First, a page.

Wake up to the Bible
There’s one in just about every home - on a shelf behind the TV, or up in Grannie’s room. It’s normally only got out when a crossword clue needs to be solved, or someone’s got a question wrong on ‘Who Wants to be a Millionaire?’ It may be the world’s best-selling book, but if it is, it’s the world’s least read best-seller. Even regular churchgoers tend to keep it for Sundays, not for the rough and tumble of everyday life.
And that’s a pity, because for Christians the Bible is the primary key to understanding ourselves, the world we live in, and our Creator. It is the story of our search for God, and his search for us. Slowly, painfully, and with dawning clarity the picture emerges. First one tribe, then a nation, record in its pages their experience of God. They don’t always get it right, but it’s an honest search and God rewards it. Because, while people were searching for God, he was searching for them. That’s the Bible’s story, which reaches its amazing climax in the coming of Jesus, the Son of God. As John’s Gospel puts it, 'No one has ever seen God. It is God the only Son, who is close to the Father’s heart, who has made him known' (1:18).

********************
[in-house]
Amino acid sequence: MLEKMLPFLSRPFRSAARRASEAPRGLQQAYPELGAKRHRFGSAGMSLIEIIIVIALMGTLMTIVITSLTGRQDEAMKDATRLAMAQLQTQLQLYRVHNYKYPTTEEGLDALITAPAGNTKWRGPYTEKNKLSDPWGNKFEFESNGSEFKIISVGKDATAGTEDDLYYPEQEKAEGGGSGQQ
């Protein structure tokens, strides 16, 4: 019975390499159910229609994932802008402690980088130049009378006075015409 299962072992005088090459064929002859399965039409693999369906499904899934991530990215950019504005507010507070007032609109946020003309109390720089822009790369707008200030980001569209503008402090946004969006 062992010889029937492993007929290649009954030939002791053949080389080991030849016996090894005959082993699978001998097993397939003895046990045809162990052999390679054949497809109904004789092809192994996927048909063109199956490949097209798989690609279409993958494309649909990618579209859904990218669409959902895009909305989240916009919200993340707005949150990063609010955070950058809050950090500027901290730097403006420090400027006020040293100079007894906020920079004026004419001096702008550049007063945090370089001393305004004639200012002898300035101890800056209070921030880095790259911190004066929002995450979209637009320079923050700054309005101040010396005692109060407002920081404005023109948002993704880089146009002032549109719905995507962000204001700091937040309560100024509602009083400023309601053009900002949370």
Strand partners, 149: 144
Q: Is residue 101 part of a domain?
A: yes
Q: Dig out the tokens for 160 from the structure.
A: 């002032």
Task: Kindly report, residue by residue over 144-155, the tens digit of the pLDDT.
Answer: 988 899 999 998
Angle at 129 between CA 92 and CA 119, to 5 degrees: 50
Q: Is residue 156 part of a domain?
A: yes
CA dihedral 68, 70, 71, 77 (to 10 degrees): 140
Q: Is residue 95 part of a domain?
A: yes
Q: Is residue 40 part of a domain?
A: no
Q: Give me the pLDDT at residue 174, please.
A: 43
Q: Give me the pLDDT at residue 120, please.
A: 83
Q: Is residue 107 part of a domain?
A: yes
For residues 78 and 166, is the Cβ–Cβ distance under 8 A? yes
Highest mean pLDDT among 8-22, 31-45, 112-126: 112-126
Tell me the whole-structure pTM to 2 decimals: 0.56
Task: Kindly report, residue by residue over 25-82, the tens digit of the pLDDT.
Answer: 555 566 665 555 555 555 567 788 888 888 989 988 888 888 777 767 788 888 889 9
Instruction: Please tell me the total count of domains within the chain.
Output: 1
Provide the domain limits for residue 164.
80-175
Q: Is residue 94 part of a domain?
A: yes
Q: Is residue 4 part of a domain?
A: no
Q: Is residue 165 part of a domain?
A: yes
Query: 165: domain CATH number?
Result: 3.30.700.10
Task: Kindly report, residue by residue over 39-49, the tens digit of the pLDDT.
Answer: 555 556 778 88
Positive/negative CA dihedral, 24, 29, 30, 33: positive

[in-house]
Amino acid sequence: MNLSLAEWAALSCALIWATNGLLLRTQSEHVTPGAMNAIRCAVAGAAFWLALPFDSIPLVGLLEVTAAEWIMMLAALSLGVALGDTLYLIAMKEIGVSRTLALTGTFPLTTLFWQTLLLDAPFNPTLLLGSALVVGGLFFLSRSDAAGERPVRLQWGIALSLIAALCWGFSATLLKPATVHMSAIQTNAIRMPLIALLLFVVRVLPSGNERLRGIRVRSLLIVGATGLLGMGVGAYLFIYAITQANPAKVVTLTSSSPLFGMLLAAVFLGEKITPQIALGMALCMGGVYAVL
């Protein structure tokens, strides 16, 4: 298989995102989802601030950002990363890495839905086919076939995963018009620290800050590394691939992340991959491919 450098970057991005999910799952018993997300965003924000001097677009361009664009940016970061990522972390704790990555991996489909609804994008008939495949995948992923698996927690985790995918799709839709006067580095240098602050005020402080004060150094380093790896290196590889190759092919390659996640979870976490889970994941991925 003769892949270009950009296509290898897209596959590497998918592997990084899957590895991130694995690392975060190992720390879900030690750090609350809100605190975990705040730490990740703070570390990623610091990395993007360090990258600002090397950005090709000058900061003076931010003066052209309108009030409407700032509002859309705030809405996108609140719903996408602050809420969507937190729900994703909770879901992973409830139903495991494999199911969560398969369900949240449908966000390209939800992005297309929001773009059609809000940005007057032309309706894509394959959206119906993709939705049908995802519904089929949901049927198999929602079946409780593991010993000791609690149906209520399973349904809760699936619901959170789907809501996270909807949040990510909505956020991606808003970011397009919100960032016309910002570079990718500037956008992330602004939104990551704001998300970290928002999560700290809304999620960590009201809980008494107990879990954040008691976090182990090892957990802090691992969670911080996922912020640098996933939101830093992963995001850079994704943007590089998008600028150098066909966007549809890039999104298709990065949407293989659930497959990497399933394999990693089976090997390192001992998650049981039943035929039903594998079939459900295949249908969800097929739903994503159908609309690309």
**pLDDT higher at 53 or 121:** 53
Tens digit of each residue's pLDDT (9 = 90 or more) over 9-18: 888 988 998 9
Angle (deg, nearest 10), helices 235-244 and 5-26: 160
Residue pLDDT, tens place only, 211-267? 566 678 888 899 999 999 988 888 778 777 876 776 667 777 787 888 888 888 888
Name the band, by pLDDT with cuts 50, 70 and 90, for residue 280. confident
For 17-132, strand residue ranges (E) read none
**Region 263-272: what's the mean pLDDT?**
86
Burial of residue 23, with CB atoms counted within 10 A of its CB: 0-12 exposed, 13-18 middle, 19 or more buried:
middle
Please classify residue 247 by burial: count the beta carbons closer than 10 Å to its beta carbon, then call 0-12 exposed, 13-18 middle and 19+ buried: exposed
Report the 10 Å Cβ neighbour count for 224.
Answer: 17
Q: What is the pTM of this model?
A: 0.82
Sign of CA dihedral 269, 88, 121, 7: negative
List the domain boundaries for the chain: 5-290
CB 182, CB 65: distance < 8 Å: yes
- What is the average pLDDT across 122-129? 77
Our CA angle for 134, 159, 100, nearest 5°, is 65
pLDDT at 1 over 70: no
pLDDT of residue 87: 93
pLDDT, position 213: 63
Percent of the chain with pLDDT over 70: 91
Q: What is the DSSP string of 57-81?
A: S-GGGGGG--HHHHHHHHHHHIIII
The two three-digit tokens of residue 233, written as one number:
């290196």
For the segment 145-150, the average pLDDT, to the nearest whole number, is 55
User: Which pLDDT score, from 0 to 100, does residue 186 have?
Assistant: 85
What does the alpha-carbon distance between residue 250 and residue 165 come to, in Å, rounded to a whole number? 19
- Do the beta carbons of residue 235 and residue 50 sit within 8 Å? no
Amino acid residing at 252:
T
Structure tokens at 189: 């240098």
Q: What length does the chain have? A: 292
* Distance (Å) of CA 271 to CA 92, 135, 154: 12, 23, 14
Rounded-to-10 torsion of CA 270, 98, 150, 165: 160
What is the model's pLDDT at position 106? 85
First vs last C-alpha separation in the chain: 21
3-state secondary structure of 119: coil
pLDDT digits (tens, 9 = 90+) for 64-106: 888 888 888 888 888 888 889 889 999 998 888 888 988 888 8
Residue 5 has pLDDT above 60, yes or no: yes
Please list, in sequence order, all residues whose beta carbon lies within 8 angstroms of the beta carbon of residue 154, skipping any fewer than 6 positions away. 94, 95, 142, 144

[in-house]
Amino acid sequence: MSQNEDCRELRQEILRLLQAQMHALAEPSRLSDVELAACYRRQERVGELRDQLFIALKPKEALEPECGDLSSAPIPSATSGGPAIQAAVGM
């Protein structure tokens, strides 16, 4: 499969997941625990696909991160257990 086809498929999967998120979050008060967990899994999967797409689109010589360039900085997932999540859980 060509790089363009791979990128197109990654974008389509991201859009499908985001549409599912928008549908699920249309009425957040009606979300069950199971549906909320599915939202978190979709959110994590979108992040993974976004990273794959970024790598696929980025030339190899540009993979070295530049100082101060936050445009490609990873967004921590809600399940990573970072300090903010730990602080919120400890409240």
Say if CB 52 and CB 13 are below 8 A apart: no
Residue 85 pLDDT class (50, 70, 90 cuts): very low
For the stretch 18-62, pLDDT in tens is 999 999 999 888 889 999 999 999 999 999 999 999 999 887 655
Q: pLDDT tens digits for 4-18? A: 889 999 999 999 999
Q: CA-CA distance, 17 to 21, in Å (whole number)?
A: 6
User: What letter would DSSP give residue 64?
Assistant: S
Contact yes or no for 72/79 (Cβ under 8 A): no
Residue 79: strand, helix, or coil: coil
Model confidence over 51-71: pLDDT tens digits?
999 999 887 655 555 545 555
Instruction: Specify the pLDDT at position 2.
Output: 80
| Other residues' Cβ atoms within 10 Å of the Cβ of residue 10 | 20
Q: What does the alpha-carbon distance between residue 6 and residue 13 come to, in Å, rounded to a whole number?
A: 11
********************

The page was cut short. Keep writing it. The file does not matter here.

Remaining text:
See the Bible like that and many of the problems people raise about it are answered. Yes, there’s a lot of violence and bloodshed. There are some fairly crazy ideas at times about what men and women thought God wanted them to do. But there is also the thrill of the search and the wonder of discovery - above all, the amazing idea that the One who made us, loves us.
Perhaps the time has come to rescue that copy of the Bible from the bookshelf and take it seriously enough to read it. There are many helps for those who want to start reading the Bible regularly, including daily readings and notes. But the main thing is the intention. Many people will say that they’d like to find out what’s in the Bible 'one day'. Well, if it is what it claims to be - the key to the search for truth - then it would be a tragedy to have it in our homes and not even bother to find out what it says.
Perhaps 'one day' is now?
This article first appeared in The Parish Pump in February 2009.